What bird food can I grow to save money?

Question by Alex: What bird food can I grow to save money?
I spend to day 20$ for 8 pounds of bird food, and I think its ridiculous. Is there a way to save money? I’m going to start buying this bird food and cheap wild bird food (5$ for 10 pounds) and mix. What other ways can I save money? I will also join petco pals thing to save.
I was thinking millet. Not sure if it will work but I will try to sprout the spray millet I have

Best answer:

Answer by Brittany
corn

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3 Responses to “What bird food can I grow to save money?”

  1. Yorkie the Cheeky Monkey says:

    Have you tried feeding your pet bird fresh fruit and vegetables and what about, chick peas, mung beans, black eyed beans, mix them all together and soak them in cold water for 24 hours. However you only need to do enough to last a couple of days as they soon go off “sour”.
    You can even get mung beans and place a single layer in a tray on tissue and water them to grow “bean sprouts” or even just buy bean sprouts.
    You could try sweet corn, tomatoes even buy frozen veg if it’s cheaper, the alternatives to cut down the cost are endless and a lot more nutritious than the run of the mill dry bird food.
    Hope this is of help, kind regards, Yorkie.

  2. Laura K says:

    first of all an all seed diet will cut your birds lifespan by two-thirds and is almost a form of animal abuse. if you cannot afford to feed your bird a healthy, happy diet than you should be giving it up to a bird rescue. your bird deserves better.
    if you actually care about this bird and want to be good to it an affordable thing to do is have a garden and grow your own veggies. plus pasta is good for birds. for the most part if it’s good for you it’s good for them. when you eat and orange give him some, same with apples, bananas, bread, ect.

  3. chidori one thousand birds says:

    Here is an article I wrote on diet for the Elite Parrots Club: I hope it helps you to get a better idea of what your bird should eat.

    How Important Is Your Parrots Diet?
    Friday, June 19th, 2009
    While working with over 30 Macaws and about 50 other parrots of different species on a daily basis one of the most common questions I get is “What do you feed your birds?“ People are always amazed at how beautiful the birds at our park are and my response is two fold, first and most important is diet and second, sunshine/exercise.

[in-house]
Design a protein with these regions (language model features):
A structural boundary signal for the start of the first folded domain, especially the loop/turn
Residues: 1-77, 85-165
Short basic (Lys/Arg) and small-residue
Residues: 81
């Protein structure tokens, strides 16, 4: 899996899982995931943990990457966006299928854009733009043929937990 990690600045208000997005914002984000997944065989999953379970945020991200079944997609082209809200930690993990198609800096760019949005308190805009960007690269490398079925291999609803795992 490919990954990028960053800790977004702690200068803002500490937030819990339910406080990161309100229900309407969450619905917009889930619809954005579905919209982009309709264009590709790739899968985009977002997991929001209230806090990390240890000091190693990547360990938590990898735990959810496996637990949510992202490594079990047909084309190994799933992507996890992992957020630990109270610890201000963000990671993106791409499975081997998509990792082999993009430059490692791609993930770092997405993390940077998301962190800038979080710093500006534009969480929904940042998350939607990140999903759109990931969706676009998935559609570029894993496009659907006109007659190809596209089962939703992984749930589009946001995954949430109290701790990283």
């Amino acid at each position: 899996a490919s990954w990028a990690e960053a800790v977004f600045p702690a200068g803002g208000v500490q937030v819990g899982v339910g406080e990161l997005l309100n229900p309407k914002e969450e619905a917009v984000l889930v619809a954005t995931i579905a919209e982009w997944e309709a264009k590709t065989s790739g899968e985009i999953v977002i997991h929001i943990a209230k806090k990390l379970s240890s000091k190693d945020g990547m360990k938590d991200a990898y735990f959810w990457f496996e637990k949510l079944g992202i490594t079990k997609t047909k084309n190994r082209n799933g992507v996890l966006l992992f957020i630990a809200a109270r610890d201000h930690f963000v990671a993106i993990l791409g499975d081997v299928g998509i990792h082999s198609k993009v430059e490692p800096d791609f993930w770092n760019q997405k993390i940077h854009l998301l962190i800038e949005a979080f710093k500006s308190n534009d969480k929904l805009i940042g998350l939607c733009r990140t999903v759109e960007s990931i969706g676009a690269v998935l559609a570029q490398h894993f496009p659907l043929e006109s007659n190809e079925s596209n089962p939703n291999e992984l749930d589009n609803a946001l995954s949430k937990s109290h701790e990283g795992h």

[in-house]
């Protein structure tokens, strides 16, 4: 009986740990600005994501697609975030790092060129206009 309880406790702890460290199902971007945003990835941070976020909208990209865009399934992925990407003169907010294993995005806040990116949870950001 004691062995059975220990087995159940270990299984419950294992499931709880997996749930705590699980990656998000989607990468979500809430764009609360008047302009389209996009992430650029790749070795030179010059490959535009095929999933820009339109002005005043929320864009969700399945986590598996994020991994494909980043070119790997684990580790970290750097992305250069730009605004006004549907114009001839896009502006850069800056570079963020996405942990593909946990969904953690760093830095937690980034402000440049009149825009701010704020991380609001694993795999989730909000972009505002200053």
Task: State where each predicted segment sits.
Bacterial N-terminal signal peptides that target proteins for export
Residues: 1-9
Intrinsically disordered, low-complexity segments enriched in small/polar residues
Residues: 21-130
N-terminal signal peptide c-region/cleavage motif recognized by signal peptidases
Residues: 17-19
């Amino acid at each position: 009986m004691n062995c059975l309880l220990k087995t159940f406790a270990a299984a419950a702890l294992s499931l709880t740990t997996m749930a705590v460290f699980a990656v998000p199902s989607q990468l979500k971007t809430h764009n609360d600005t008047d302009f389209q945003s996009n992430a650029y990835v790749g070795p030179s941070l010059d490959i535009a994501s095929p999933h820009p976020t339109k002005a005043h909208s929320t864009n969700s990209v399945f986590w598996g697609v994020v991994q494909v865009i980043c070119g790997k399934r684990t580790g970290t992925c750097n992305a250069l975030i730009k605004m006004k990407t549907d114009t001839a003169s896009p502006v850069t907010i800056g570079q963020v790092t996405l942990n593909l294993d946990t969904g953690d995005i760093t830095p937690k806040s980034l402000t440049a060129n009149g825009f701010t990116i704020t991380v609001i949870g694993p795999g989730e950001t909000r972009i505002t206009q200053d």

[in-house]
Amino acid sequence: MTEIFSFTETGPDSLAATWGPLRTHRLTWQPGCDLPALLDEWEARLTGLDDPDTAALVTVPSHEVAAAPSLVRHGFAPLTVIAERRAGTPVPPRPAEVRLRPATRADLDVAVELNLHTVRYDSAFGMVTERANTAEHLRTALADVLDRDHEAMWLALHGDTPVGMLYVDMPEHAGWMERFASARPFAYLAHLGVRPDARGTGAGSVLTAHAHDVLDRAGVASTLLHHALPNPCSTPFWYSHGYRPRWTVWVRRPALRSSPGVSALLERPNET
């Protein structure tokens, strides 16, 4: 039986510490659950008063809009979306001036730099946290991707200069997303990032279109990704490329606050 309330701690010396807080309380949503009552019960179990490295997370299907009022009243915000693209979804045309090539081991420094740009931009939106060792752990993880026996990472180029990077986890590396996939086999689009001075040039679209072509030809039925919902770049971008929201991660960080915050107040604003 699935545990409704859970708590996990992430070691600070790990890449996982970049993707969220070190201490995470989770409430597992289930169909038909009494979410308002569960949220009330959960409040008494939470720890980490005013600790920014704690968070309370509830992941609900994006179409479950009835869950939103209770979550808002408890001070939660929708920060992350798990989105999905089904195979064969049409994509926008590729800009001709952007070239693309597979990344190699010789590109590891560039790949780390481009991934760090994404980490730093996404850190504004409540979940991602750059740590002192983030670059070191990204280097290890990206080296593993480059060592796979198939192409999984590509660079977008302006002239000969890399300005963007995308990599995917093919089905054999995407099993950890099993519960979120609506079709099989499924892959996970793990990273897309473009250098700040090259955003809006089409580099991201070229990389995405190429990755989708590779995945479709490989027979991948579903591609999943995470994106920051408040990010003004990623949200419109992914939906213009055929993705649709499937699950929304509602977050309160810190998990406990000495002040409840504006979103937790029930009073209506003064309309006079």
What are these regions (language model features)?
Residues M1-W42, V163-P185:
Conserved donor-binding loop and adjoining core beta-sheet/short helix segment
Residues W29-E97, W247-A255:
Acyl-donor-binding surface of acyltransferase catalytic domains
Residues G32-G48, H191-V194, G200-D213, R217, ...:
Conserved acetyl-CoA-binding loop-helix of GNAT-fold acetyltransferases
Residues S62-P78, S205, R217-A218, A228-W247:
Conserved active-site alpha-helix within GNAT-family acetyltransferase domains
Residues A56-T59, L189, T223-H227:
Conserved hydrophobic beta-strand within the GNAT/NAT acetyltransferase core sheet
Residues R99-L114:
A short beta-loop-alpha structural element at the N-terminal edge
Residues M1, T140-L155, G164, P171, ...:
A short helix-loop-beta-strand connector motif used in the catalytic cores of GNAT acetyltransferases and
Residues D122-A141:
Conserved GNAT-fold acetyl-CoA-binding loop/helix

I often see Macaws and other parrots who look as though they are not properly cared for despite how loving their family may be and I usually find this is attributed to the diet. Most families are encouraged to feed their birds a pellet type diet supplemented with fresh foods and without knowing better they do this thinking that they are doing what is best for the bird. Pellet diets are similar to the process and enriched foods we consume in our daily lives, the same foods that cause obesity, disease and poor nutrition in humans.
    When choosing the best diet for your bird research what they would eat in the wild and then provide them with a diet as close to that as possible. Our Macaws for instance are only fed mixed nuts (almonds, walnuts, pecans, peanuts, hazel nuts and brazil nuts) all unshelled, fresh fruits and fresh veggies.
    We alternate a schedule of nuts one day, followed by veggies the next, then nuts again, followed by fruit the next feeding. We find that by alternating days and not combining fruits, veggies or nuts on the same day we prevent them from picking out only the items they want so that in the end they eat a well balanced diet.
    My challenge to anyone who ask me about a bird’s diet is to make the change to a natural diet and I guarantee within two weeks you won’t believe your eyes. The improvement in you bird in just two weeks will amaze you.
    I can’t tell you how many skeptical bird owners have come back to me after that two week period and just couldn’t get over the changes in their bird. Some even said that their friends thought they had gotten rid of their old bird and gotten a new one. Now that is a major change! So take the challenge and see what a difference nature can make for you and your bird.
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